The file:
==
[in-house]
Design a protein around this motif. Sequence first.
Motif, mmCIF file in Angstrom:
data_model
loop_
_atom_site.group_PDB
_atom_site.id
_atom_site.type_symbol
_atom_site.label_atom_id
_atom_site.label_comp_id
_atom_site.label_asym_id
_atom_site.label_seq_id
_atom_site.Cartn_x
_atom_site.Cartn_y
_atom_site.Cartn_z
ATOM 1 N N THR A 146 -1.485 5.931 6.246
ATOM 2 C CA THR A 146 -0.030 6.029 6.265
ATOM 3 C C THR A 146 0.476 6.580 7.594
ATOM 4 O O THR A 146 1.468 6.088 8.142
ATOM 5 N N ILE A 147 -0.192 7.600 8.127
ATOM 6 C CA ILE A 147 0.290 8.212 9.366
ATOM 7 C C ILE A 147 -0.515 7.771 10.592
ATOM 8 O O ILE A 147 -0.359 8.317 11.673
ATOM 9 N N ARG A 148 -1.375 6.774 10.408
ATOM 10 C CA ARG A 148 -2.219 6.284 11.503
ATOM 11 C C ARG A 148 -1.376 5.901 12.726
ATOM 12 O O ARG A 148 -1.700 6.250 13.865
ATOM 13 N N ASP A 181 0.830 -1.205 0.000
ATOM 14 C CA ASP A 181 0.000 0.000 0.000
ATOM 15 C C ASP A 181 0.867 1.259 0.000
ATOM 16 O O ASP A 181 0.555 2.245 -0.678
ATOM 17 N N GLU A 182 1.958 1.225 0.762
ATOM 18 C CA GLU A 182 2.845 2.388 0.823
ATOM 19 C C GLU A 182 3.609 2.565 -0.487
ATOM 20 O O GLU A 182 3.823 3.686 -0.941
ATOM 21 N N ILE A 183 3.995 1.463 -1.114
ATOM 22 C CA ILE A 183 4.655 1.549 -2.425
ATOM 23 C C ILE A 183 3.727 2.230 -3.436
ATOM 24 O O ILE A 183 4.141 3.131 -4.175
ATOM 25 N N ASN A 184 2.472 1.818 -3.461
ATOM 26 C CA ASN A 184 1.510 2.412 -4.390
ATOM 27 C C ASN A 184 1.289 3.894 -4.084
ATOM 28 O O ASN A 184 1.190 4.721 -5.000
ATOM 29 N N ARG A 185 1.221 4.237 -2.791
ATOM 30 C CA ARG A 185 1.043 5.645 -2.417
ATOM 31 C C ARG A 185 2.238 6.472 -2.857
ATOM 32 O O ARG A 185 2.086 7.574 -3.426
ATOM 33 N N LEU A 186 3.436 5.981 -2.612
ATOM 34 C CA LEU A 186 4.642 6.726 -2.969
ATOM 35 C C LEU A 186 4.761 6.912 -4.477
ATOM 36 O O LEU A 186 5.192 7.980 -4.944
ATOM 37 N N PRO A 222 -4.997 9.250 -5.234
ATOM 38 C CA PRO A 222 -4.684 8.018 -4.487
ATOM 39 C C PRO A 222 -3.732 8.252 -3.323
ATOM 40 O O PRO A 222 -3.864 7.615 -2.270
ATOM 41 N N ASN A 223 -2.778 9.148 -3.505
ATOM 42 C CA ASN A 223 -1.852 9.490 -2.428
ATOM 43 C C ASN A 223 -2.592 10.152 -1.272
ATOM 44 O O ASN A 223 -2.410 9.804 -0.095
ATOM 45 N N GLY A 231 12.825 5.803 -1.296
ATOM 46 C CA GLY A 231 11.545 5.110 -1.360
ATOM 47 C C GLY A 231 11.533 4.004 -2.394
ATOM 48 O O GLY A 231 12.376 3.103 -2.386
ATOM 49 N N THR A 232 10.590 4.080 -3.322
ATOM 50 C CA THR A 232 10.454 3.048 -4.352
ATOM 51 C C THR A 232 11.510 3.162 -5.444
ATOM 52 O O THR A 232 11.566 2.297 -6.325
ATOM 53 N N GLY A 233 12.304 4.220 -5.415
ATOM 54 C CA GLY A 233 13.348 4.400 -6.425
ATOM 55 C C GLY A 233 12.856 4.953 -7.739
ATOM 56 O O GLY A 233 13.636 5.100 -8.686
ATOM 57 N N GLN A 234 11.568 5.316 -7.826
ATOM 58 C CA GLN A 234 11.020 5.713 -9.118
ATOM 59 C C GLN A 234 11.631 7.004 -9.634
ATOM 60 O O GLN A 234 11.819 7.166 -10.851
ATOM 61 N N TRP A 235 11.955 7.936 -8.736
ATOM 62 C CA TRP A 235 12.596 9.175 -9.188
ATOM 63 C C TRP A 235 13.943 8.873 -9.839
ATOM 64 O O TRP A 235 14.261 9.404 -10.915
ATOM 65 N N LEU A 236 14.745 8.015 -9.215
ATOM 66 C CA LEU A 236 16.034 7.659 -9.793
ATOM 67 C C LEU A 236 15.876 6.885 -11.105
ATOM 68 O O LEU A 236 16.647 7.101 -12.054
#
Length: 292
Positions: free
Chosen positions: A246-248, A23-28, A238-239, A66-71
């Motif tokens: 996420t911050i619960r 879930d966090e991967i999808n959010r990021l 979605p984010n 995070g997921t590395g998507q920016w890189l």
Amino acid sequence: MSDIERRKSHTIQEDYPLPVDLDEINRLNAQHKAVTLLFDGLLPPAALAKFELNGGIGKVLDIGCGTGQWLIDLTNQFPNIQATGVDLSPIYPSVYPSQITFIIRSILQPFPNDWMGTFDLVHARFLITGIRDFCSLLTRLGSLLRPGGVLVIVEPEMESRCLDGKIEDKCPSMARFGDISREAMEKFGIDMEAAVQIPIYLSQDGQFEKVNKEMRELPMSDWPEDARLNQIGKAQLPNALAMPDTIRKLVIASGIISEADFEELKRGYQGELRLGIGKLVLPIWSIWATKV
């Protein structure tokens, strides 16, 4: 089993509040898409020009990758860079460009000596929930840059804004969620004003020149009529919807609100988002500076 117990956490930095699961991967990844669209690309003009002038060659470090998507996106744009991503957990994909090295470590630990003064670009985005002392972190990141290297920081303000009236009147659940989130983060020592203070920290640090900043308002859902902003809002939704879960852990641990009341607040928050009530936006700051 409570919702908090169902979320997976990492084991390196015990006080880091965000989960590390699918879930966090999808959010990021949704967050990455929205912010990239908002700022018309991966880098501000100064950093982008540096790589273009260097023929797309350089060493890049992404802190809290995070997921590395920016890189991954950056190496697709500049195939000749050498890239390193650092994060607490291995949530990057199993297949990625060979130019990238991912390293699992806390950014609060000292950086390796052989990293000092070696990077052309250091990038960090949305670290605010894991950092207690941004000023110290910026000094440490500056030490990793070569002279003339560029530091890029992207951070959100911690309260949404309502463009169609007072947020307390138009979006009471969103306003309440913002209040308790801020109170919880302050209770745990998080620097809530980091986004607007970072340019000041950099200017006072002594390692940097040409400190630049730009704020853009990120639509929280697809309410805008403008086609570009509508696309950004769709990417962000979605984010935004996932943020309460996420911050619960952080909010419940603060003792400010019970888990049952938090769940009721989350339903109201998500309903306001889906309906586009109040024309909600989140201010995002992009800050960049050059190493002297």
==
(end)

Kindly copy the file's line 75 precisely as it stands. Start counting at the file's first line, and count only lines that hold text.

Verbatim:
ATOM 60 O O GLN A 234 11.819 7.166 -10.851